What results is probably my most complicated game yet, not so much because the processes themselves are complex, but they are unique to a few games that are unique in themselves and possibly counter-intuitive to some gamers. Those who stick it out though will be rewarded with an original, quick playing, enjoyable and accurate simulation of one of military history’s most neglected conflicts.
I’ll be putting this up for pre-order hopefully around this weekend.
1812 is a subject I’ve always been fascinated with, while simultaneously wondering why there weren’t more games on the subject. Apart from the conflict in the Americas, Napoleon’s invasion of Russia was one of the more ambitious gambits in all of history other than the Swedish attempted conquest of Russia in the early 18th century. Both efforts would ultimately fail in part to similar factors. Both Karl and Napoleon’s armies were extremely far from their sources of supply, their lines of communication being extended far beyond the limits of what was possible in either century. While Napoleon had reached Moscow, the Russians rendered this massive achievement meaningless by burning down Moscow and retreating further into Russia to regroup.
The end result of the domestically unpopular strategy of scorched earth and fighting withdraws was decisively devastating for the French and the repercussions were far too grave for the French to ever recover, directly leading to the capture of Paris in 1814. Scorched earth tactics meant that the French could not draw any supplies from cities they had just captured. While this may seem like a relatively minor concern in more modern conflict, this tactic forced an army to be increasingly reliant on a supply train, something that was never really reliable until the dawn of the 20th century. Armies during the Napoleonic era, much like armies before, helped to sustain the good morale of their men and their basic needs by plundering anywhere they captured for supplies. This was a more nuanced issue for the French as some peoples would prefer the French to their own rulers, but the further the French pushed into Russia, the more hostile the country came surrounding the French army, dangerously overextended.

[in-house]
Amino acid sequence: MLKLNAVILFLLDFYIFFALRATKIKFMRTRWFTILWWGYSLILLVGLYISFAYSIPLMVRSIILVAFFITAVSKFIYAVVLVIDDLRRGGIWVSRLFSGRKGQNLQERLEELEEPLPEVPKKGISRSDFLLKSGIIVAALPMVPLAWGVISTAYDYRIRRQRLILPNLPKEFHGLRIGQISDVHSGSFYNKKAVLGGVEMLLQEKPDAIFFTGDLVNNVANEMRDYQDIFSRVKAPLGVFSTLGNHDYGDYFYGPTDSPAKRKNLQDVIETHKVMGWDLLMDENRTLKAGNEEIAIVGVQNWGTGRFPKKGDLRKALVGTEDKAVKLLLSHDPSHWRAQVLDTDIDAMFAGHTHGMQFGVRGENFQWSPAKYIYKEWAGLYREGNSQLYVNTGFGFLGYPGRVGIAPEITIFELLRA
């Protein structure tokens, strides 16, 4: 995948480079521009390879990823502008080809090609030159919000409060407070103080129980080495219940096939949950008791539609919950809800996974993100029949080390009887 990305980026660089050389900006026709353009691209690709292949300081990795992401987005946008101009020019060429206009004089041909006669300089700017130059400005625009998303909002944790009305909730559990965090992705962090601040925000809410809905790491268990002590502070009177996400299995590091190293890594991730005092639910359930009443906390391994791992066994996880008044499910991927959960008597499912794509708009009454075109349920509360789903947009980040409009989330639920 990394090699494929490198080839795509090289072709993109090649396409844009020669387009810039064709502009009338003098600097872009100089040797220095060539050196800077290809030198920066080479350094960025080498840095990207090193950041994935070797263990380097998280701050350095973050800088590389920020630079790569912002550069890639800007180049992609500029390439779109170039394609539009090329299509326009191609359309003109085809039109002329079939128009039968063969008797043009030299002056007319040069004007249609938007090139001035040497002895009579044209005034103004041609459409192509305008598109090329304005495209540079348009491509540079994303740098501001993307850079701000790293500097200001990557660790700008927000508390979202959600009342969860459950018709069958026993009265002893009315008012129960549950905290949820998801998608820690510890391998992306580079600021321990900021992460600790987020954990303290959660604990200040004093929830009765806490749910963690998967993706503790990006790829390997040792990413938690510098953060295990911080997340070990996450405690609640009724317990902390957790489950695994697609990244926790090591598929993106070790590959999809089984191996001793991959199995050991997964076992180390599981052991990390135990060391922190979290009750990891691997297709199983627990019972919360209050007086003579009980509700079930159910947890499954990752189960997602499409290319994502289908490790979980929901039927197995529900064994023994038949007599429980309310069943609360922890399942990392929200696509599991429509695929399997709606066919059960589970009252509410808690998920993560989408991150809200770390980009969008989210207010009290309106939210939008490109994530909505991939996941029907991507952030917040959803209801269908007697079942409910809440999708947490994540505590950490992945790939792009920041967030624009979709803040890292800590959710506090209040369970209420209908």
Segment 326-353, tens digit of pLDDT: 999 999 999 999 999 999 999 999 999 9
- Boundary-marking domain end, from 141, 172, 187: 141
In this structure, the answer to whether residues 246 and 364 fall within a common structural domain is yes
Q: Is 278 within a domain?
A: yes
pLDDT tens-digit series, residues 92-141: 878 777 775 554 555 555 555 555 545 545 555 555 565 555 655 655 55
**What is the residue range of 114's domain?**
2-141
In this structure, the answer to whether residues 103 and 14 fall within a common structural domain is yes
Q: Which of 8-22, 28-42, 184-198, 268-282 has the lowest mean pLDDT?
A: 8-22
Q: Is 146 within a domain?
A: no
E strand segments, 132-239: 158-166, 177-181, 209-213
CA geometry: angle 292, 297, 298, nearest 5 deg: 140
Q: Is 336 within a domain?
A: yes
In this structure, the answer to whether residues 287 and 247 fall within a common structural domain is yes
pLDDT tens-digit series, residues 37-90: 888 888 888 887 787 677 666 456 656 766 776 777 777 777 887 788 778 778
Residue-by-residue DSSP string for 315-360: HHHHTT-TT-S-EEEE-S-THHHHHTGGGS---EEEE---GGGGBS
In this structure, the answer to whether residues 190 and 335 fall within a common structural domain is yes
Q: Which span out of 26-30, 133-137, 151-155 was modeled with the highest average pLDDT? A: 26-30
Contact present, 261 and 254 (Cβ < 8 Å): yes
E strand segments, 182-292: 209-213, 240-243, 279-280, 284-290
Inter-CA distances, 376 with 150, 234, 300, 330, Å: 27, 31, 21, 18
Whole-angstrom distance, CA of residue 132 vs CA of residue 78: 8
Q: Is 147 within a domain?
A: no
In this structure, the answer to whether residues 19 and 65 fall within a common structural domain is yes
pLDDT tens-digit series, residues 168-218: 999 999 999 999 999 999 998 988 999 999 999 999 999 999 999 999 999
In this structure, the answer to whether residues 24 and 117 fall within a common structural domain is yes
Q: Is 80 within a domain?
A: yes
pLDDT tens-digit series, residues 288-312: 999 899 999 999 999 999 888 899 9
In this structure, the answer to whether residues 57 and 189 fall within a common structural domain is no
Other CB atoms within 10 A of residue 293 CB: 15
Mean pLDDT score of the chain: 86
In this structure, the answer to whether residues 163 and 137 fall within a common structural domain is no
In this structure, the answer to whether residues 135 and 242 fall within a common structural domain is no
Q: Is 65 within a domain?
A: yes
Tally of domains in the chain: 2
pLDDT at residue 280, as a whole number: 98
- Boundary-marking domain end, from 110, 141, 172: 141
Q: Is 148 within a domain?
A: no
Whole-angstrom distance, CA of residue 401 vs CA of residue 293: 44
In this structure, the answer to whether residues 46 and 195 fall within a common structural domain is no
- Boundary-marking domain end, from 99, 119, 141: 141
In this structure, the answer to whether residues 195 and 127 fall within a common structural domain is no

Accordingly, 1812 focuses on the nature of what is truly decisive in war. Clausewitz famously posits that war is an extension of politics, which boils down to basically say it is impossible to win a war without clear political objectives. Without clear political objectives, there can be no decisive result in war. The French player must decide on 1 of several ways to win the game, by either eliminating as many Russian units as possible, taking cities before Russia burns them down, and/or winning “decisive” battles defined as when players have enough SP involved that they both throw 3d6 during combat. The Russian player must finesse his forces to nudge the French into trying to do too much at once, so they can appropriately bring in reinforcements to counterattack the French army when weakens. Supply and Command points play roles in how effective units can be, or what units may activate.
ANYWAY I am fairly excited about 1812, it’s been a lot of fun to playtest and getting good feedback from one or two players, so we look forward to getting this title shipped out at the end of a week or two.
Owner/Operator at CSL